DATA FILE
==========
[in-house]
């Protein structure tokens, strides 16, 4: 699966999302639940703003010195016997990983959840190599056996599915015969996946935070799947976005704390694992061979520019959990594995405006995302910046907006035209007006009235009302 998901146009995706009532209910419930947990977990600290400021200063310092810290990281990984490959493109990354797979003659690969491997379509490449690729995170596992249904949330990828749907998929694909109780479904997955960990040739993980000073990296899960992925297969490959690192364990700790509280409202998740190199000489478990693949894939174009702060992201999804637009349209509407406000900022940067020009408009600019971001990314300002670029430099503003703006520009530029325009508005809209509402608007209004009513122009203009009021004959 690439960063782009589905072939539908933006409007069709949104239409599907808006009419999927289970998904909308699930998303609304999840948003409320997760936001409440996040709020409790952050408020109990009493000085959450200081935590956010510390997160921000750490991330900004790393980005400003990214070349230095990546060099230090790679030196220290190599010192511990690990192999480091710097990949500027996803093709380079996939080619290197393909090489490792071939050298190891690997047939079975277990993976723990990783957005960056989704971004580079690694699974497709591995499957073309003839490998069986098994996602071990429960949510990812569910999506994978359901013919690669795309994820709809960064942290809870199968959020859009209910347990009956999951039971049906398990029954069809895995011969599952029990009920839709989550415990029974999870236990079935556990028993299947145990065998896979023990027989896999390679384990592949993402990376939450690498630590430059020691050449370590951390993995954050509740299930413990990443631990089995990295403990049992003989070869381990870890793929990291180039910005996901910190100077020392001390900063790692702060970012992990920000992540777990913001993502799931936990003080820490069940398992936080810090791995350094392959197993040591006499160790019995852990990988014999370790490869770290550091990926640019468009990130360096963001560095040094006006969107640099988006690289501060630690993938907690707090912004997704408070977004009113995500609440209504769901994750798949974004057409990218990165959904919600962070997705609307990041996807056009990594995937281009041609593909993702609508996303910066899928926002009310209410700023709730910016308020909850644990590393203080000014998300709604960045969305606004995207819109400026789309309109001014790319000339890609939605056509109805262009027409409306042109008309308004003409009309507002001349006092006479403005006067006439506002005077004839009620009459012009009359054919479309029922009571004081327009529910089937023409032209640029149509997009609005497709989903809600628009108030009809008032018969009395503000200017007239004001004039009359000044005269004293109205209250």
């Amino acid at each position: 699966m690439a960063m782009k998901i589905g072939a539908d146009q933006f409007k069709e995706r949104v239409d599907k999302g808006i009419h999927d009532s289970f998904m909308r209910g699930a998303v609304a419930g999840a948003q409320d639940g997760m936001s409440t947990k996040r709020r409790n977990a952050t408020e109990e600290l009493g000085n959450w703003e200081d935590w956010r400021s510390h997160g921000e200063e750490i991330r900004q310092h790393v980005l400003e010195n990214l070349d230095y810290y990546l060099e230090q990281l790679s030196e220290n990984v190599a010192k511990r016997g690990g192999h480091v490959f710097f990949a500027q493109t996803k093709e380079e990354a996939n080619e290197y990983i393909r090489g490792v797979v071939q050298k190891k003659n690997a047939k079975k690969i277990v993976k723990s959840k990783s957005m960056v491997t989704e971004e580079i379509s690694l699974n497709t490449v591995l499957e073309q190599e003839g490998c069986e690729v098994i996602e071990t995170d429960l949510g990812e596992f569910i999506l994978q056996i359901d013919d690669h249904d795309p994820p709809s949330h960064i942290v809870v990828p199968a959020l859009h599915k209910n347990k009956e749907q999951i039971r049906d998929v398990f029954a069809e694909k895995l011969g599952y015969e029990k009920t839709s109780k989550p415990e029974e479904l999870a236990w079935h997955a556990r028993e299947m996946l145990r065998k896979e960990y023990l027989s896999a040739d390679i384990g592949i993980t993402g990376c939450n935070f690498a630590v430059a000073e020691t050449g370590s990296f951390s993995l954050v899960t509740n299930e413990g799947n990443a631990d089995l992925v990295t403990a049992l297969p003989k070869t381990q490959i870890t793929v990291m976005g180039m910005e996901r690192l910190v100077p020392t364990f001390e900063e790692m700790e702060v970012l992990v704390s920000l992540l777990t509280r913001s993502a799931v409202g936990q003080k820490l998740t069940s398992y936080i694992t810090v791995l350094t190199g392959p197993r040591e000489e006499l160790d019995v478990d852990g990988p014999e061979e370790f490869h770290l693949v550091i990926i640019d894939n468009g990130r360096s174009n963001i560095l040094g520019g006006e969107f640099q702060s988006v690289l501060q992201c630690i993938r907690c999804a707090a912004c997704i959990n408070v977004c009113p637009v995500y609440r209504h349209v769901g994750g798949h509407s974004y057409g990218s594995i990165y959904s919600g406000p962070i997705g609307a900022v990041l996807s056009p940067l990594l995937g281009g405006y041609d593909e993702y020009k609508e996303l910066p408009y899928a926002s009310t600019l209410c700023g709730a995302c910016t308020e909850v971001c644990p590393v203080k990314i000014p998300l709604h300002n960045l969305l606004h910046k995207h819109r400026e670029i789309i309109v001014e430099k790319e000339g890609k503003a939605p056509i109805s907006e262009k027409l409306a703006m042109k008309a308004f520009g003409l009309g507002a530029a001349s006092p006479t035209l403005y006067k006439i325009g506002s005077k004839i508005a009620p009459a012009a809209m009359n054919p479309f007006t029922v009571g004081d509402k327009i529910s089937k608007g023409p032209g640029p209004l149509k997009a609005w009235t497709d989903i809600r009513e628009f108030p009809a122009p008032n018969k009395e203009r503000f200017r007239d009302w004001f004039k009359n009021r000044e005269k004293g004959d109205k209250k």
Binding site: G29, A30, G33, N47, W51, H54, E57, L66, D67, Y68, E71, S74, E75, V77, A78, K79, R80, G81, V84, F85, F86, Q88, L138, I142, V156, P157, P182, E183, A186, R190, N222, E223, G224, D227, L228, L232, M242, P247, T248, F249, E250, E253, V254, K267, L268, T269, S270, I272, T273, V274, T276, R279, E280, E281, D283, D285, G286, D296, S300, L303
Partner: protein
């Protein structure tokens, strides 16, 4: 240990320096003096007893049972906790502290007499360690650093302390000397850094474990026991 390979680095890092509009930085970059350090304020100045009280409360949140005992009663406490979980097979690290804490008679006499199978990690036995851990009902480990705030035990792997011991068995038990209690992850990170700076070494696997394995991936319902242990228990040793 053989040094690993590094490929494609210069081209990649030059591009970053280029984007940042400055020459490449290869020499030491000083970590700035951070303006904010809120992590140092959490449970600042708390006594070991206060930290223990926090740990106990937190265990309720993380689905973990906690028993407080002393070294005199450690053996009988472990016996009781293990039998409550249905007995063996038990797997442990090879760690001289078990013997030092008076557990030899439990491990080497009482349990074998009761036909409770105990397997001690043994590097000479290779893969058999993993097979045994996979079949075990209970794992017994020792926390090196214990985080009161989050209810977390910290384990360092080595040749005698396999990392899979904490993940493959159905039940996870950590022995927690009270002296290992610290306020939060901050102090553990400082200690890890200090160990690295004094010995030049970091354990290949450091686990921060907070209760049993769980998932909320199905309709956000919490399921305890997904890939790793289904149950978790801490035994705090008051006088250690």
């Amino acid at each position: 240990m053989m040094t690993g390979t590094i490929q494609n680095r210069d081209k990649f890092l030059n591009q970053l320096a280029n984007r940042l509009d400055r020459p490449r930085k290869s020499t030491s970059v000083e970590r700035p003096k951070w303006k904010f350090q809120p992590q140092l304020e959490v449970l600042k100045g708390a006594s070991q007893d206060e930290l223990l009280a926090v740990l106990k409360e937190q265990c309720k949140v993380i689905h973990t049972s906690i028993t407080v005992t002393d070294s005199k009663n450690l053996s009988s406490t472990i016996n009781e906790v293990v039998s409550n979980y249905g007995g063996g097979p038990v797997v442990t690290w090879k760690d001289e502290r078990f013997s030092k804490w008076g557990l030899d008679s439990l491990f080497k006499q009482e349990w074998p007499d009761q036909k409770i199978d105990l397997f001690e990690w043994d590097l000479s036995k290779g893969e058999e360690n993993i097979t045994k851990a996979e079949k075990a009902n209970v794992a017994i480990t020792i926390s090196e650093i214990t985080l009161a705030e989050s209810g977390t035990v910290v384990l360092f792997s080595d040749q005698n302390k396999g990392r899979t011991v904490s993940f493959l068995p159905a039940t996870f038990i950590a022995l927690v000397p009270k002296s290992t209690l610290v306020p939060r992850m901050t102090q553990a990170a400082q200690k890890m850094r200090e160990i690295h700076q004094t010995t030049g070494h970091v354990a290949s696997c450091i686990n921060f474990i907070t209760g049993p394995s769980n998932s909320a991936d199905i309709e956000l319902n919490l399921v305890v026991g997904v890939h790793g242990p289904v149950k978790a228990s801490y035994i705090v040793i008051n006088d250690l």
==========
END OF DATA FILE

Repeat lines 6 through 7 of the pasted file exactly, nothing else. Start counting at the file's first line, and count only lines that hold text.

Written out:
């Protein structure tokens, strides 16, 4: 240990320096003096007893049972906790502290007499360690650093302390000397850094474990026991 390979680095890092509009930085970059350090304020100045009280409360949140005992009663406490979980097979690290804490008679006499199978990690036995851990009902480990705030035990792997011991068995038990209690992850990170700076070494696997394995991936319902242990228990040793 053989040094690993590094490929494609210069081209990649030059591009970053280029984007940042400055020459490449290869020499030491000083970590700035951070303006904010809120992590140092959490449970600042708390006594070991206060930290223990926090740990106990937190265990309720993380689905973990906690028993407080002393070294005199450690053996009988472990016996009781293990039998409550249905007995063996038990797997442990090879760690001289078990013997030092008076557990030899439990491990080497009482349990074998009761036909409770105990397997001690043994590097000479290779893969058999993993097979045994996979079949075990209970794992017994020792926390090196214990985080009161989050209810977390910290384990360092080595040749005698396999990392899979904490993940493959159905039940996870950590022995927690009270002296290992610290306020939060901050102090553990400082200690890890200090160990690295004094010995030049970091354990290949450091686990921060907070209760049993769980998932909320199905309709956000919490399921305890997904890939790793289904149950978790801490035994705090008051006088250690």
């Amino acid at each position: 240990m053989m040094t690993g390979t590094i490929q494609n680095r210069d081209k990649f890092l030059n591009q970053l320096a280029n984007r940042l509009d400055r020459p490449r930085k290869s020499t030491s970059v000083e970590r700035p003096k951070w303006k904010f350090q809120p992590q140092l304020e959490v449970l600042k100045g708390a006594s070991q007893d206060e930290l223990l009280a926090v740990l106990k409360e937190q265990c309720k949140v993380i689905h973990t049972s906690i028993t407080v005992t002393d070294s005199k009663n450690l053996s009988s406490t472990i016996n009781e906790v293990v039998s409550n979980y249905g007995g063996g097979p038990v797997v442990t690290w090879k760690d001289e502290r078990f013997s030092k804490w008076g557990l030899d008679s439990l491990f080497k006499q009482e349990w074998p007499d009761q036909k409770i199978d105990l397997f001690e990690w043994d590097l000479s036995k290779g893969e058999e360690n993993i097979t045994k851990a996979e079949k075990a009902n209970v794992a017994i480990t020792i926390s090196e650093i214990t985080l009161a705030e989050s209810g977390t035990v910290v384990l360092f792997s080595d040749q005698n302390k396999g990392r899979t011991v904490s993940f493959l068995p159905a039940t996870f038990i950590a022995l927690v000397p009270k002296s290992t209690l610290v306020p939060r992850m901050t102090q553990a990170a400082q200690k890890m850094r200090e160990i690295h700076q004094t010995t030049g070494h970091v354990a290949s696997c450091i686990n921060f474990i907070t209760g049993p394995s769980n998932s909320a991936d199905i309709e956000l319902n919490l399921v305890v026991g997904v890939h790793g242990p289904v149950k978790a228990s801490y035994i705090v040793i008051n006088d250690l």